Transportation Secretary Ray LaHood | WAMU 88.5 - American University Radio

WAMU 88.5 : The Diane Rehm Show

Filed Under:

Transportation Secretary Ray LaHood

Transportation Secretary Ray LaHood is currently the only Republican in President Barack Obama’s cabinet. In the past four years, he has overseen the most significant public works program since the New Deal, including more than 15,000 transportation projects. He has championed bike and walking paths, high-speed and intercity passenger rail and streetcars. He helped set new automobile fuel efficiency standards and instituted tough new rules to protect airline passengers. He also launched an aggressive campaign against distracted driving. Recently, he announced his retirement as soon as a successor is confirmed. As he leaves, an investigation into the Boeing 787 Dreamliner’s battery failures remains. Diane interviews Secretary LaHood.

Video: Inside The Studio

Transportation Secretary Ray LaHood says the U.S. infrastructure system is falling way behind other countries. He called for a bold plan to fund repair and renovation projects for the nation's roads and bridges. In particular, LaHood says small construction businesses would benefit from a robust transportation bill. "I don't think you'd be turning off people in America because they know America is one big pothole right now," LaHood said about funding infrastructure.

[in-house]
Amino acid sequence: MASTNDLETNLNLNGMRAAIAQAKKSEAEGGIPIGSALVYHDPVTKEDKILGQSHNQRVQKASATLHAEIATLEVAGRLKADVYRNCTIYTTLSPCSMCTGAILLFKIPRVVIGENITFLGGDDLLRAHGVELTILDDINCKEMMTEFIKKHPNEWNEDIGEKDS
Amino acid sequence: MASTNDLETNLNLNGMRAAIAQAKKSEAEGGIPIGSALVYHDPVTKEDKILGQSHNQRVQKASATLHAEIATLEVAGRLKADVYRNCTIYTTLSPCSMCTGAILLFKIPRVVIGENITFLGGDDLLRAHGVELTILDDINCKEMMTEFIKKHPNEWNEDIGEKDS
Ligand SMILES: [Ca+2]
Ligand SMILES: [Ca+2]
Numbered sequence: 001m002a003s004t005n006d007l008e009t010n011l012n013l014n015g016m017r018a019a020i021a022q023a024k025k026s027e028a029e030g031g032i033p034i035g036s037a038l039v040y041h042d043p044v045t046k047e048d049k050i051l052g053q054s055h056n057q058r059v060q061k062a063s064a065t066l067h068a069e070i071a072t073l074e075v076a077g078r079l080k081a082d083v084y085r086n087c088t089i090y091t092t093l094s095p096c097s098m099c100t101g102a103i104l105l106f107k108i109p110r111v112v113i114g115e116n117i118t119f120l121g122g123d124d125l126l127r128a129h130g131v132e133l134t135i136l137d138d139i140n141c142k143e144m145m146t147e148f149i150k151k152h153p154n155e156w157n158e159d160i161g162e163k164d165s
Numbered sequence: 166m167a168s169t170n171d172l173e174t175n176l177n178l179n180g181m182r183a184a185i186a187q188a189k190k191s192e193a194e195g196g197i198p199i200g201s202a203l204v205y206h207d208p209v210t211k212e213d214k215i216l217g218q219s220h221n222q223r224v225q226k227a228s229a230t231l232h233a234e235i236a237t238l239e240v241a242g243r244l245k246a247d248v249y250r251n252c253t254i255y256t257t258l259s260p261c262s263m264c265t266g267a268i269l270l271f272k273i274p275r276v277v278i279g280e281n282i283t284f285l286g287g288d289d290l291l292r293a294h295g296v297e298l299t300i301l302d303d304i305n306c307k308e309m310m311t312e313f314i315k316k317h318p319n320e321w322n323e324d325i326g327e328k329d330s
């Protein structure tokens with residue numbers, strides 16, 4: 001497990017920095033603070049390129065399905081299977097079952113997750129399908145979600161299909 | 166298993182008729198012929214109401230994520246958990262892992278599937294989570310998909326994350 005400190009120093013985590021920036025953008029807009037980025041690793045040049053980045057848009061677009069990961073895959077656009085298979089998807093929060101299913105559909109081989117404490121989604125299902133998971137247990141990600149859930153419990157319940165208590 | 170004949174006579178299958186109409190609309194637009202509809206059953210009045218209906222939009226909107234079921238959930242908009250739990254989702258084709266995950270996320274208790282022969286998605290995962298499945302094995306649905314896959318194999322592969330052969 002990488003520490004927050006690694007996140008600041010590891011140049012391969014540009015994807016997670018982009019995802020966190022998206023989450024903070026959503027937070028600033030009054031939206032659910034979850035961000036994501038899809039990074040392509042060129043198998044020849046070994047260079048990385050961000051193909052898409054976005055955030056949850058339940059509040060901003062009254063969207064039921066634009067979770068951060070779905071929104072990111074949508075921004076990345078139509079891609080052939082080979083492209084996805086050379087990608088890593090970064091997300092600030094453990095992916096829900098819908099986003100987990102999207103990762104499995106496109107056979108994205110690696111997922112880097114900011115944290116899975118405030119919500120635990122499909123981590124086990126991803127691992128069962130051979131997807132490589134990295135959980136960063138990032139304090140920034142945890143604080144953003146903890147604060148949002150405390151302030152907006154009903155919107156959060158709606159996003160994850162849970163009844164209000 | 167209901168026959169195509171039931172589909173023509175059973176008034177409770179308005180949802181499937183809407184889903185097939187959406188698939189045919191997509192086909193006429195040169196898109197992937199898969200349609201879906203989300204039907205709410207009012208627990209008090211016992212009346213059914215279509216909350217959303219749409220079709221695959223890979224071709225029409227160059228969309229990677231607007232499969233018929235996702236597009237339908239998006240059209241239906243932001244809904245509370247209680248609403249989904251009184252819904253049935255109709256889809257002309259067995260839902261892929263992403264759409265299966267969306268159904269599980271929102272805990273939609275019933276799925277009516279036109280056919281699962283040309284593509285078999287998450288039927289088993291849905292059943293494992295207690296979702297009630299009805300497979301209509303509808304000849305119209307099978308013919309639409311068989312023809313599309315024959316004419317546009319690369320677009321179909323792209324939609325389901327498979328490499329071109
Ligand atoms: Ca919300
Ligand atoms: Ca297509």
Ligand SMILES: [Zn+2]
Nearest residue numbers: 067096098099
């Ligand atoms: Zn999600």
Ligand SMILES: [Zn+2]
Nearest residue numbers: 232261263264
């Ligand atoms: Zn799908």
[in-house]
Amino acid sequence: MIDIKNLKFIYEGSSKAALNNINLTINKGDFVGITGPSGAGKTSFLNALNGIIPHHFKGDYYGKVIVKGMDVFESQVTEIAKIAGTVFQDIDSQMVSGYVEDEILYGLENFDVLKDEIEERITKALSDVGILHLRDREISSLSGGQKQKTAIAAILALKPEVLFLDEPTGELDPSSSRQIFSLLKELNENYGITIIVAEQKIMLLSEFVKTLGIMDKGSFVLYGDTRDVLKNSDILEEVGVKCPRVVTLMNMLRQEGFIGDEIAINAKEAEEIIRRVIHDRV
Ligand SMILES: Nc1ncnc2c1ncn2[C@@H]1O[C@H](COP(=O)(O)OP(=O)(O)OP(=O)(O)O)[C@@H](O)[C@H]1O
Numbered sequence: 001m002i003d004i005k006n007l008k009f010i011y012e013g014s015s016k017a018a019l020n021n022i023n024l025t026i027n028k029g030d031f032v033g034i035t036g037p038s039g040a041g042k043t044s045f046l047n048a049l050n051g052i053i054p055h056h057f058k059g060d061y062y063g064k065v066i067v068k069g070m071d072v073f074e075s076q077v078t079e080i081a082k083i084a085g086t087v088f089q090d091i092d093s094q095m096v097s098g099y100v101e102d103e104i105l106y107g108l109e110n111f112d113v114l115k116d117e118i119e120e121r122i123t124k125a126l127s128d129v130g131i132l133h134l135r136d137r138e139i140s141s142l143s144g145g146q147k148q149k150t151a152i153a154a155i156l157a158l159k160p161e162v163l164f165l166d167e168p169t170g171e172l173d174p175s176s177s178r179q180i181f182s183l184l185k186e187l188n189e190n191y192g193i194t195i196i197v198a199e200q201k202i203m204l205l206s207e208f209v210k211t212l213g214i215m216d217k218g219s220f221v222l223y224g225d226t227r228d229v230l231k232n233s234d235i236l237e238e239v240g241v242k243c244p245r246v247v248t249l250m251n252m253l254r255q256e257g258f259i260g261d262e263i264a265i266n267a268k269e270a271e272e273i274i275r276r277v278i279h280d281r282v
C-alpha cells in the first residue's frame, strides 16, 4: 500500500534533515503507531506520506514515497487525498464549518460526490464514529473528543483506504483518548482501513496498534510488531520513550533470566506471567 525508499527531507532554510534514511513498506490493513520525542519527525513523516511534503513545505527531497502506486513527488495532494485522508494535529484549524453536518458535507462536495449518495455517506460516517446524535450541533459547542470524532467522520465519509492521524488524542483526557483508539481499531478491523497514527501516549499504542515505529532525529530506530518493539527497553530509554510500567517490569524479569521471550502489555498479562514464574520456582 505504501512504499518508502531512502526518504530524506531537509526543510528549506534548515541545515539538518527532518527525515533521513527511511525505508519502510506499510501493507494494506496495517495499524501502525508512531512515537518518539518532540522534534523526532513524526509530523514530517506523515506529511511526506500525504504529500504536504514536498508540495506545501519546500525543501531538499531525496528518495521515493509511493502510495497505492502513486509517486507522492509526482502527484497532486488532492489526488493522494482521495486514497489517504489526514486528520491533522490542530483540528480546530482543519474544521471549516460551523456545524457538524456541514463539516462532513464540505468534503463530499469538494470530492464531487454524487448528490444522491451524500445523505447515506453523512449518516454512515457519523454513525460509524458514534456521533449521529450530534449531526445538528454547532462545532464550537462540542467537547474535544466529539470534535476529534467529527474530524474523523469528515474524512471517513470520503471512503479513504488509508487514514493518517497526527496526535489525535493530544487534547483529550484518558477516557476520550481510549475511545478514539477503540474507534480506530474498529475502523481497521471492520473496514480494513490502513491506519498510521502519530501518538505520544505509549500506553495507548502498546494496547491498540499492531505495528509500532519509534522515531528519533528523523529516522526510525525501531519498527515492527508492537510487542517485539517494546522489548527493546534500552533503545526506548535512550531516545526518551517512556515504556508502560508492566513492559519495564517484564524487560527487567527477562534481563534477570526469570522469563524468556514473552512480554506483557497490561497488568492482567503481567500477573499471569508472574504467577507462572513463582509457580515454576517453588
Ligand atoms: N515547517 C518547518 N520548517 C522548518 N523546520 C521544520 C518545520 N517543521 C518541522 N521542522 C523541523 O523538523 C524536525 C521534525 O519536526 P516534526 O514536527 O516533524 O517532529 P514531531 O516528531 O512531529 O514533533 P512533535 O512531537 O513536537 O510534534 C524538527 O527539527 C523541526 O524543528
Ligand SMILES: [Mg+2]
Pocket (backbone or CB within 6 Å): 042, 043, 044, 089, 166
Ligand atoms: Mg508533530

WAMU 88.5

Art Beat With Lauren Landau, Oct. 30

Two film festivals open in the D.C. area this week.

NPR

Apps Aim To Guide You On 'Sustainable Food' (Whatever That Means)

Consumers who care about how their food is produced have a growing number of apps they can turn to at the supermarket. The problem? Nailing down just what sustainability means when it comes to food.
NPR

Michael Menino, Boston's Longest-Serving Mayor, Dies At 71

Described as a hard-nosed, old-school pragmatist, he was diagnosed with cancer shortly after leaving office in January.
NPR

Moving Past The Password, But At What Cost?

Apps working with a new Twitter service would simply ask for your phone number instead of a password. In exchange, the company would get some of the most valuable information about you.

Leave a Comment

Help keep the conversation civil. Please refer to our Terms of Use and Code of Conduct before posting your comments.